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Yemeni left Switzerland to help addicts quit ‘Khat’

Published: Updated:

Najib al-Hajji could have enjoyed a fantastic wedding ceremony in Switzerland where he lives, but he chose to return to Yemen for a noble cause. He organized a campaign called “Leave Kaht, be a better person”.

Najib did not stop at this, but he insisted that the first initiative free of Khat and weapons would be a “purple wedding”.

A “purple wedding” is a celebration to help addicts quit Khat openly.

Najib al-Hajji, founder of the Quit Khat campaign said to Al Arabiya that he will pay the expenses of six weddings for people who have financial problems.

عرس اليمني نجيب حجي
عرس اليمني نجيب حجي

The wedding will be free of Khat and weapons while providing alternatives so that people will not get bored.

He added that the (6 + 1) wedding includes comedy shows and activities with the aim of changing the norm of weddings, especially the phenomenon of khat abuse.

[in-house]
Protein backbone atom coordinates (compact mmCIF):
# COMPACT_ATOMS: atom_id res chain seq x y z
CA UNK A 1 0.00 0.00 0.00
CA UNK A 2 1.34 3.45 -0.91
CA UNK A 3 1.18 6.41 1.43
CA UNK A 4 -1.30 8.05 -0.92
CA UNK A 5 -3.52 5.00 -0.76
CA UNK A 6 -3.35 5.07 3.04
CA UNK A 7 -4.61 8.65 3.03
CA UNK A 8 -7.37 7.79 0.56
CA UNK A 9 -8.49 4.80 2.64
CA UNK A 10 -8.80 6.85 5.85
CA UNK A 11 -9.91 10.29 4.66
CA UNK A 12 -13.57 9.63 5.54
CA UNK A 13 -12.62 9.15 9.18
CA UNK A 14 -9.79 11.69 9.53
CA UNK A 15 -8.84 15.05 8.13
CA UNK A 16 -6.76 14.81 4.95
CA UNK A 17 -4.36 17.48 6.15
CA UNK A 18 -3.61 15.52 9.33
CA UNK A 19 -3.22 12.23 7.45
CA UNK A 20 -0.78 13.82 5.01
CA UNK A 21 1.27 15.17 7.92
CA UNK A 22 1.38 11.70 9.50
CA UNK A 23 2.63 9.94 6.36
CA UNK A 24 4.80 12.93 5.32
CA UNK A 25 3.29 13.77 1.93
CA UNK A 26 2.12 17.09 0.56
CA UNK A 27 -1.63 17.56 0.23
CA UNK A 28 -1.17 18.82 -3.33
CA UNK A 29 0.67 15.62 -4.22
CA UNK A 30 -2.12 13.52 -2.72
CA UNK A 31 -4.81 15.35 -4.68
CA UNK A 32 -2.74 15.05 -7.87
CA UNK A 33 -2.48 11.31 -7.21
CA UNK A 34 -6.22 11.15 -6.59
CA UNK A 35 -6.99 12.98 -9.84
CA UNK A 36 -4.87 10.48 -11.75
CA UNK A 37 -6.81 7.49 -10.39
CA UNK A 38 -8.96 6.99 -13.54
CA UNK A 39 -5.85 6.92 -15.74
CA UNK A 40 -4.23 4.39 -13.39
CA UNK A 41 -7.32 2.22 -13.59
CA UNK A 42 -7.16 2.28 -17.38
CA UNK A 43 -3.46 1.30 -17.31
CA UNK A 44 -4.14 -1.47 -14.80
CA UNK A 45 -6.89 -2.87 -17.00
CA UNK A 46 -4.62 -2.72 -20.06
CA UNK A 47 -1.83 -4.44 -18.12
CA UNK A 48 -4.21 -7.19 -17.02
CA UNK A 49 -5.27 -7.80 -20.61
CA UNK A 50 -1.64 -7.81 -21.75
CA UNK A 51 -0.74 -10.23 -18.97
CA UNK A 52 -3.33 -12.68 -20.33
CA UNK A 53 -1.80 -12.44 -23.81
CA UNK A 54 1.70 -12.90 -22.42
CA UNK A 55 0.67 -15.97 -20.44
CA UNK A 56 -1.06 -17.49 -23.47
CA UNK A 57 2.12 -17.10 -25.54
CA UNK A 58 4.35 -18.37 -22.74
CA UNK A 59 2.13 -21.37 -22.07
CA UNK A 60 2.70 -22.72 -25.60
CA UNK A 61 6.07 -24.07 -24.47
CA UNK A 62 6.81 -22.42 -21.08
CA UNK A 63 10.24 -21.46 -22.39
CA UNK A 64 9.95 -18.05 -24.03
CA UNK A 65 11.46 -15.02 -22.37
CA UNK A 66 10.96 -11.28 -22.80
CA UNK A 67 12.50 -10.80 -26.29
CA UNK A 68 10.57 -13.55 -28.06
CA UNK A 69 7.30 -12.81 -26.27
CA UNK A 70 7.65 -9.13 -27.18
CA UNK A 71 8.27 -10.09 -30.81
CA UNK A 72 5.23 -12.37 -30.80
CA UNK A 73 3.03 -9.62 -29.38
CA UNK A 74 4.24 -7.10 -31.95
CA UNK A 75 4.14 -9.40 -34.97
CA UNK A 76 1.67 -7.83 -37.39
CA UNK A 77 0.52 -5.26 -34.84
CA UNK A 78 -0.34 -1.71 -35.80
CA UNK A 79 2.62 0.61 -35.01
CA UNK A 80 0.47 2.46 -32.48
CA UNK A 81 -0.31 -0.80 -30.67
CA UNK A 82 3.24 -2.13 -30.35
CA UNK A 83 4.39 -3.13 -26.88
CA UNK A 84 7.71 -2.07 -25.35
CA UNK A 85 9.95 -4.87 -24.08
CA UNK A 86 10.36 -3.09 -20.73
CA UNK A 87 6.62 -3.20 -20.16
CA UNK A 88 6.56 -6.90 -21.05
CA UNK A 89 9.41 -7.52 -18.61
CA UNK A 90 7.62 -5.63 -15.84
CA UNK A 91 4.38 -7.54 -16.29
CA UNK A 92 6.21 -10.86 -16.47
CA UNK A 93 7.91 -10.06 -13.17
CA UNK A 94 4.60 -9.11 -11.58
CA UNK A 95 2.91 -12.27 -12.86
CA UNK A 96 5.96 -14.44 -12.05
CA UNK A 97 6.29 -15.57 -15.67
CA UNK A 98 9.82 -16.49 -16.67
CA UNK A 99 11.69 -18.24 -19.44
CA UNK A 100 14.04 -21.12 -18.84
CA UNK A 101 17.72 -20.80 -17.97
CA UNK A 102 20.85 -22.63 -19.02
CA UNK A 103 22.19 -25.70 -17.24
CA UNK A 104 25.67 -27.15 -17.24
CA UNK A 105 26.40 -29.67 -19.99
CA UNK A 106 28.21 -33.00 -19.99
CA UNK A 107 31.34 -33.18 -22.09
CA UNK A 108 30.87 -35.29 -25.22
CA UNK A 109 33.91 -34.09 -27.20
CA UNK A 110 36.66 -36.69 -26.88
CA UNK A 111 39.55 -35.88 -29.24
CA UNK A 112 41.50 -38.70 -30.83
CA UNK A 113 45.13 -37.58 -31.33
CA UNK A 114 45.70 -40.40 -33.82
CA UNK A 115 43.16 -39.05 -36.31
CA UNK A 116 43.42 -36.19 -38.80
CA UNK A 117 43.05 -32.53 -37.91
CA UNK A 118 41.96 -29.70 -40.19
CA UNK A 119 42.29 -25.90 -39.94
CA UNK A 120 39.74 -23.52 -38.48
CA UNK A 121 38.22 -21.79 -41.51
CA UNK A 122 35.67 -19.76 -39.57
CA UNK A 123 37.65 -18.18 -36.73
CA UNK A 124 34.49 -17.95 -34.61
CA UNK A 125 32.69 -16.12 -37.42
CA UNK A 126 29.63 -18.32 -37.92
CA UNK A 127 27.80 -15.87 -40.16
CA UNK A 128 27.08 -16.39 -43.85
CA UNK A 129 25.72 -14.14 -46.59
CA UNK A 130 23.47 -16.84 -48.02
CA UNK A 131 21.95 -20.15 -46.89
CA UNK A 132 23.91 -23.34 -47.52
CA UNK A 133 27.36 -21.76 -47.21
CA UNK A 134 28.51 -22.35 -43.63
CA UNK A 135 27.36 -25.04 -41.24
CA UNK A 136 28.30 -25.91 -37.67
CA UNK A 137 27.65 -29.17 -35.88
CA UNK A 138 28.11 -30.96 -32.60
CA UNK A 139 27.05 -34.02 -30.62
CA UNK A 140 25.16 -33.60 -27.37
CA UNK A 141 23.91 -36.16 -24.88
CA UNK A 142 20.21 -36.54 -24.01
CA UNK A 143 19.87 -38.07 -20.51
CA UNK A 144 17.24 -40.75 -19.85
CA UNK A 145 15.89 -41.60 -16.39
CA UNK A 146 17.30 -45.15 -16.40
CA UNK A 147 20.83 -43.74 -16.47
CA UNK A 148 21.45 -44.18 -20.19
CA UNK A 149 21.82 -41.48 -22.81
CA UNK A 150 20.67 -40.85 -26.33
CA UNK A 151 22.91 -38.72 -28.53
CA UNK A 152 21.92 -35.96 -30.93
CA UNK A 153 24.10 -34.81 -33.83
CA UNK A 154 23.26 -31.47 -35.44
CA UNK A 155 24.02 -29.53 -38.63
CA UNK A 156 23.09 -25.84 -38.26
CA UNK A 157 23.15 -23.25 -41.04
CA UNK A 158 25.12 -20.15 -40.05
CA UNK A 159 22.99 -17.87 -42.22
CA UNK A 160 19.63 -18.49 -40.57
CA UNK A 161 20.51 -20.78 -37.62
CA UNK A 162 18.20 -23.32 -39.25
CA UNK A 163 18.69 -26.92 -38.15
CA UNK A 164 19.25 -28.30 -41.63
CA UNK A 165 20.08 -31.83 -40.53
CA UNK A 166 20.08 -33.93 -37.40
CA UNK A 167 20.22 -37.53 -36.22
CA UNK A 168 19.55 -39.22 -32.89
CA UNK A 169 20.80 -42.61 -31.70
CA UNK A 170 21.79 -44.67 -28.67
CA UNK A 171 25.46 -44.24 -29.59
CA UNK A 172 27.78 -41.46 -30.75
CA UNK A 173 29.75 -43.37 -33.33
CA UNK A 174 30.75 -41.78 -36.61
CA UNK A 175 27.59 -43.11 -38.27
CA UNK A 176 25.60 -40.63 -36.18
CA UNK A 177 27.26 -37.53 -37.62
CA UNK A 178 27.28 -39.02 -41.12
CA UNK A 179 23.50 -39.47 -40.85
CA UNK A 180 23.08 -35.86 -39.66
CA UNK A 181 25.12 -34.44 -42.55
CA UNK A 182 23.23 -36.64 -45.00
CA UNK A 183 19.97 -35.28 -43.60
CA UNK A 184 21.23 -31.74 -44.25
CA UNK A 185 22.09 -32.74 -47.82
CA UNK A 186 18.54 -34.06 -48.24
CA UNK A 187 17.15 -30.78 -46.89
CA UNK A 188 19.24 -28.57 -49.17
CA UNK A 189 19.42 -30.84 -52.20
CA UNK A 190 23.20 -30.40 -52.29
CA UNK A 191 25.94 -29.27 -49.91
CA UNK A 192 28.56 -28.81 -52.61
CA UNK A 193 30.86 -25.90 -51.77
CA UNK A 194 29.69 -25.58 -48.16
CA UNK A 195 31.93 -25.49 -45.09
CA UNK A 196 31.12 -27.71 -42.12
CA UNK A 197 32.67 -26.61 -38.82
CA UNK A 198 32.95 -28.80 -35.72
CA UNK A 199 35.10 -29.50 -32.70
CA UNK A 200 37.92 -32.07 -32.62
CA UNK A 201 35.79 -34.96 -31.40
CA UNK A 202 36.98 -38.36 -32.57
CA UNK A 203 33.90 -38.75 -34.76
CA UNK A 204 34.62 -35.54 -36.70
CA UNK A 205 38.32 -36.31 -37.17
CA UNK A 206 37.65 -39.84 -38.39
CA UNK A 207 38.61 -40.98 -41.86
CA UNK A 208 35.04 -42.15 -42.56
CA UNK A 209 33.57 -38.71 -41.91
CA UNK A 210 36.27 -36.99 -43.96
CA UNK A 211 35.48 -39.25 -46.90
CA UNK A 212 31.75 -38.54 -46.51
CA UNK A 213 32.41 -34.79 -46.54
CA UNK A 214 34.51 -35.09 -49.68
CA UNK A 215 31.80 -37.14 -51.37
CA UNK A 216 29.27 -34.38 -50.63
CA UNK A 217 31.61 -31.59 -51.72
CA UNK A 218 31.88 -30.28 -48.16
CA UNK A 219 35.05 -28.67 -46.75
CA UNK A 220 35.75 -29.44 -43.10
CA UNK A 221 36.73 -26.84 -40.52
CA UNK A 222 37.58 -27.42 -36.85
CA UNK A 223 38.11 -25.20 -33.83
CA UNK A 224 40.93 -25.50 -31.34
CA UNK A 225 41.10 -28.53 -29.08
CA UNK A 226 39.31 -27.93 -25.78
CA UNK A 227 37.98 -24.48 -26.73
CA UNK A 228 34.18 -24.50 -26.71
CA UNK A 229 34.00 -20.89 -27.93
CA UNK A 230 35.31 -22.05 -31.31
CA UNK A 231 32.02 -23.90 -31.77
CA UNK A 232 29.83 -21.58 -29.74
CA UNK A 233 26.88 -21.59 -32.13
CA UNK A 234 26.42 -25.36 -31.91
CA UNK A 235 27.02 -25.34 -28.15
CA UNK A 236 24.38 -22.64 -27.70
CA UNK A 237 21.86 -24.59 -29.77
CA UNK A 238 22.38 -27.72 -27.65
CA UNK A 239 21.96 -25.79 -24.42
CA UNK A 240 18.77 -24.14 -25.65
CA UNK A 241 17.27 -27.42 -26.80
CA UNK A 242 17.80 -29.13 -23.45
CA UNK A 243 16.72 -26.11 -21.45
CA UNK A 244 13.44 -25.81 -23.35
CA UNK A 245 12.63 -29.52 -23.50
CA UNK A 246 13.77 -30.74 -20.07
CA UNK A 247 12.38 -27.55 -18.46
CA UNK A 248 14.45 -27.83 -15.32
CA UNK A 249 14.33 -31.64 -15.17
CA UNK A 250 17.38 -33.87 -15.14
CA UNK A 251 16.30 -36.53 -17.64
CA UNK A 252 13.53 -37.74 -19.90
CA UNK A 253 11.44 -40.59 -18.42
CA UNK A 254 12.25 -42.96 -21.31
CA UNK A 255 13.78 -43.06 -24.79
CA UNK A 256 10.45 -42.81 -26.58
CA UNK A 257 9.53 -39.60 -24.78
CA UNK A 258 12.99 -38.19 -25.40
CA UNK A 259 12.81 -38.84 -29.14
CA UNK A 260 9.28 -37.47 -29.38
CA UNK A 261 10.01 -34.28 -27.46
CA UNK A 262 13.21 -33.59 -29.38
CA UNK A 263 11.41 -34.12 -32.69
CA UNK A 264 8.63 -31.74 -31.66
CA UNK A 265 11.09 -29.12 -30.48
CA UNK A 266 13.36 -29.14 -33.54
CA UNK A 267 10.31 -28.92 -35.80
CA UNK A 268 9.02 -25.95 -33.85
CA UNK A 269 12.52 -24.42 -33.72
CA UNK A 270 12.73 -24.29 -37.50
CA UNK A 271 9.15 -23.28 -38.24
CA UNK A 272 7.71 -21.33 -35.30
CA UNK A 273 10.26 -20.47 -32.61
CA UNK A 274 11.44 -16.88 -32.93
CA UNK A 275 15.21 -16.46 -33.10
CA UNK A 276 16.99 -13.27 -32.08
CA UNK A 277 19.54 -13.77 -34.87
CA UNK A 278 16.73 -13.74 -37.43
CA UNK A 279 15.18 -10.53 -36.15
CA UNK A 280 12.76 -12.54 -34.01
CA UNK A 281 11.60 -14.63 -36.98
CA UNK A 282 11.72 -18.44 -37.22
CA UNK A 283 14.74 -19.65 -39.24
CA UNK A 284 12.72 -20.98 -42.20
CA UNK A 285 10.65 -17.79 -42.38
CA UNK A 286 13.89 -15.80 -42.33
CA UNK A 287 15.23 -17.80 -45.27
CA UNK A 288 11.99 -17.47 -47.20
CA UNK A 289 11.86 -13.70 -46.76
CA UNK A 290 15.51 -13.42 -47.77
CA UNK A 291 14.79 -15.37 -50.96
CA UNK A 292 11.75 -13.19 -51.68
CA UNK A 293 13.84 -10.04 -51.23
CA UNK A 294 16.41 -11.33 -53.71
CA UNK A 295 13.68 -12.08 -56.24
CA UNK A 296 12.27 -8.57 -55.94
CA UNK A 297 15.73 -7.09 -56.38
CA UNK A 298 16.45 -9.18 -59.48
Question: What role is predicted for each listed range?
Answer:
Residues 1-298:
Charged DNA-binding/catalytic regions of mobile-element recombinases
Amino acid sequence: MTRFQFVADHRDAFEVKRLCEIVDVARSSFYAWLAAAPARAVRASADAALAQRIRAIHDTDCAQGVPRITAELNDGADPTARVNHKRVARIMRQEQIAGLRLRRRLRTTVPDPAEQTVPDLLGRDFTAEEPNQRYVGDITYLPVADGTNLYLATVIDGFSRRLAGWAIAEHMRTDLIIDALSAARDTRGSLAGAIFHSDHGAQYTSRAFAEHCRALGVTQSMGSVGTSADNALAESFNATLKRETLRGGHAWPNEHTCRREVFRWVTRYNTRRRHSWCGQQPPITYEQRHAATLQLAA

The wedding also offers financial rewards provided by the 'Quit Khat' initiative.

Najib Continued, “Today I am here in Yemen after a hard journey from Switzerland to be in direct contact where I invited people to participate in the wedding, I also distributed brochures calling on young people to stop taking khat.”

He added, “of course I was concerned because of the deteriorating security situation and the war, but I hope we will be able to do better in the future especially with raising awareness of the Khat campaign.”

عرس اليمني نجيب حجي
عرس اليمني نجيب حجي

The security authorities in Hadramaut in eastern Yemen, banned the consumption of khat among its troops during working hours.

The director of the security and police of the coast of Hadramout, Brigadier General Salim Khanbashi, stressed the necessity to prevent the use of khat during the official working hours for the security and police men in the governorate.

Khat is a narcotic plant used by most Yemenis; studies have shown that chemicals in khat plant lead to an increased risk of a sudden heart attack and cancer.

Khat is planted in many parts of Yemen, and is consumed by Yemenis through chewing and keeping it inside the mouth for hours.

Sometimes they drink energy drinks, soft drinks and cigarettes along with it.